Here are two sites with the results of research on nipple confusion.
The American Journal of Pediatrics concluded: "Breastfeeding duration in the first 3 months' postpartum was unaffected by pacifier use."
The European Journal of Pediatrics reported the following conclusion, "In our study population fluid supplements offered by bottle with or without the use of pacifiers during the first 5 days of life were not associated with a lower frequency or shorter duration of breastfeeding during the first 6 months of life."
More indepth reading of the research seems to indicate that nipple confusion is related to difficulty nursing or sucking in general.
As a speech language pathologist who works with infants having feeding difficulties, I believe that the infant is not confused. Rather, they are following the easiest option. Newborns have sucked, but never breathed before. Swallowing requires a complex pattern of suck swallow breathe. A pacifier allows sucking with minimal swallowing.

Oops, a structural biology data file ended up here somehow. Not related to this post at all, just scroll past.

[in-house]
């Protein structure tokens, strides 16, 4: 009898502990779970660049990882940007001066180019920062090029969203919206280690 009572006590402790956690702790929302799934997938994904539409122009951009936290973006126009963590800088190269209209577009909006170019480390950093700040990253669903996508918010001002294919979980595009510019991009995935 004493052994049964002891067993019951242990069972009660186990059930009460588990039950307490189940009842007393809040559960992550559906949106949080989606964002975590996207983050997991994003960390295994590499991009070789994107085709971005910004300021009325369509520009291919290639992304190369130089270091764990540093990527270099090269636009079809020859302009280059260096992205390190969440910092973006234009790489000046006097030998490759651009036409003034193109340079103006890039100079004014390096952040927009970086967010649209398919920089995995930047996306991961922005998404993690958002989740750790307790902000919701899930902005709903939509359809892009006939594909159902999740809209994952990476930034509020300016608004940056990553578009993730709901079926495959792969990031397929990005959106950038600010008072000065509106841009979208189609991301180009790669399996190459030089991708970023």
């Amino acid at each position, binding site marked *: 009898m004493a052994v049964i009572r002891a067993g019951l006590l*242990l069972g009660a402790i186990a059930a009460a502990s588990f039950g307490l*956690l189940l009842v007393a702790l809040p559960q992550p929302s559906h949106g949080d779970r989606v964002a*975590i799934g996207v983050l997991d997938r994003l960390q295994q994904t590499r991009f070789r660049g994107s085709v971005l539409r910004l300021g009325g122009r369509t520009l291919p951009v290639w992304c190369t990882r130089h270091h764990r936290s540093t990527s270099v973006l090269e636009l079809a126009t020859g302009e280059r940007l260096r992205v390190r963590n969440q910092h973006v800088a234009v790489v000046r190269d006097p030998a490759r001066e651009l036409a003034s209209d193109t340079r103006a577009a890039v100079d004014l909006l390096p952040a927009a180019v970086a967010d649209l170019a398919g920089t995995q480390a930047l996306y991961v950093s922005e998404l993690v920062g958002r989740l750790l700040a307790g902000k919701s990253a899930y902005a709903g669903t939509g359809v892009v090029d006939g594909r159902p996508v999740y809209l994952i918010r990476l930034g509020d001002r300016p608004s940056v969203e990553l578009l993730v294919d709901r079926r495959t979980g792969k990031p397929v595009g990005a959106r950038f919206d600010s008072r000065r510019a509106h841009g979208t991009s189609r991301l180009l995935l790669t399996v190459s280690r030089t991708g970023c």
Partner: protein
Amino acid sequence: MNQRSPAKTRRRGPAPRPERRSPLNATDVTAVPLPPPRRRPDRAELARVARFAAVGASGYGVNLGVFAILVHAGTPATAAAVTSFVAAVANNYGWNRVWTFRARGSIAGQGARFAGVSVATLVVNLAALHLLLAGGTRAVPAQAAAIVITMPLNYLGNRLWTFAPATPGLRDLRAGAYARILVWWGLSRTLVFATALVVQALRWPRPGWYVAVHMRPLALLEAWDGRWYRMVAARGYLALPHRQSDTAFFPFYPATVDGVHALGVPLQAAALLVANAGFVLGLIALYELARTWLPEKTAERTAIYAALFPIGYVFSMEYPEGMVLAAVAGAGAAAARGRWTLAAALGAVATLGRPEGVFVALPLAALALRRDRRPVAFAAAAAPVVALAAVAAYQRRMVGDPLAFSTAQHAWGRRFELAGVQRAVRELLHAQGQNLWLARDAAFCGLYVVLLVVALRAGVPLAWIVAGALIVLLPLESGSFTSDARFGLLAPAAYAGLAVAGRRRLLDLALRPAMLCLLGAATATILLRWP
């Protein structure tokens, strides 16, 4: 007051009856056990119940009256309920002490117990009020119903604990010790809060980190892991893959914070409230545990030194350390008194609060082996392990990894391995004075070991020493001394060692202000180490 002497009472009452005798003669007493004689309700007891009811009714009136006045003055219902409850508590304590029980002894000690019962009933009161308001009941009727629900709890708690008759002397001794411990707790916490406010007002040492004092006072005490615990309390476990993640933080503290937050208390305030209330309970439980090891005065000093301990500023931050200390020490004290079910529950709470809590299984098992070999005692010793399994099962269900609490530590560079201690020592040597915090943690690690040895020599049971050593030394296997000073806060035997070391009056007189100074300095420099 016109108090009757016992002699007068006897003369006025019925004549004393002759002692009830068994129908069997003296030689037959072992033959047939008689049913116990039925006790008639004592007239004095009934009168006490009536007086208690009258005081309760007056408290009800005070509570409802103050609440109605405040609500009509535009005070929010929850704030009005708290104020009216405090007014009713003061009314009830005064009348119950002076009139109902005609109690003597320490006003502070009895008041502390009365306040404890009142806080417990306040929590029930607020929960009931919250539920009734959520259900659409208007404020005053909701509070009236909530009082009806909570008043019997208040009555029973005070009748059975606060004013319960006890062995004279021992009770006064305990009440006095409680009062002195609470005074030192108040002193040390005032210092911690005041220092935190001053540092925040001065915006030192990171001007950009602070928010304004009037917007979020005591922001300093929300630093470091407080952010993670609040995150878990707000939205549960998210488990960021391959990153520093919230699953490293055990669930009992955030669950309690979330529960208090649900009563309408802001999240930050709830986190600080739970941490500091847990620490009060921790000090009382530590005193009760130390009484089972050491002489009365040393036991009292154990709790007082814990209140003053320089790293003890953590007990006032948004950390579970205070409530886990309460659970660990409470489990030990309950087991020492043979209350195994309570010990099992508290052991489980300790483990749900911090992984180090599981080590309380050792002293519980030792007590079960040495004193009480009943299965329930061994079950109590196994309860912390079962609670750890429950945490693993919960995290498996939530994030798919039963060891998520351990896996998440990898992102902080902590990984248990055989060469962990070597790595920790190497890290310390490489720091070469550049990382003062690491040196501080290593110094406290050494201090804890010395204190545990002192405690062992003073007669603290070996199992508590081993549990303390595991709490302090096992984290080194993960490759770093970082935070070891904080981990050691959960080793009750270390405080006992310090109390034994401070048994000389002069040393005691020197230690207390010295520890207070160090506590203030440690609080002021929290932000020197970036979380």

Weakness is another factor. The nipples of pacifiers, bottles, and mom's all require different motor skills to draw out liquid. The breast requires effort by the child. This effort builds strength and skills for later speech and feeding development.
If a child is struggling with breastfeeding, it is understandable that a nipple that produces no flow (pacifier) or one that controls the flow into the mouth (slow flow nipple) or quickly without effort (fast flow nipples) is preferred. These nipples do not cause the confusion, but rather reveal a difference or problem that is already present.
Some of these problems will likely show up later in slower development of feeding and speech skills.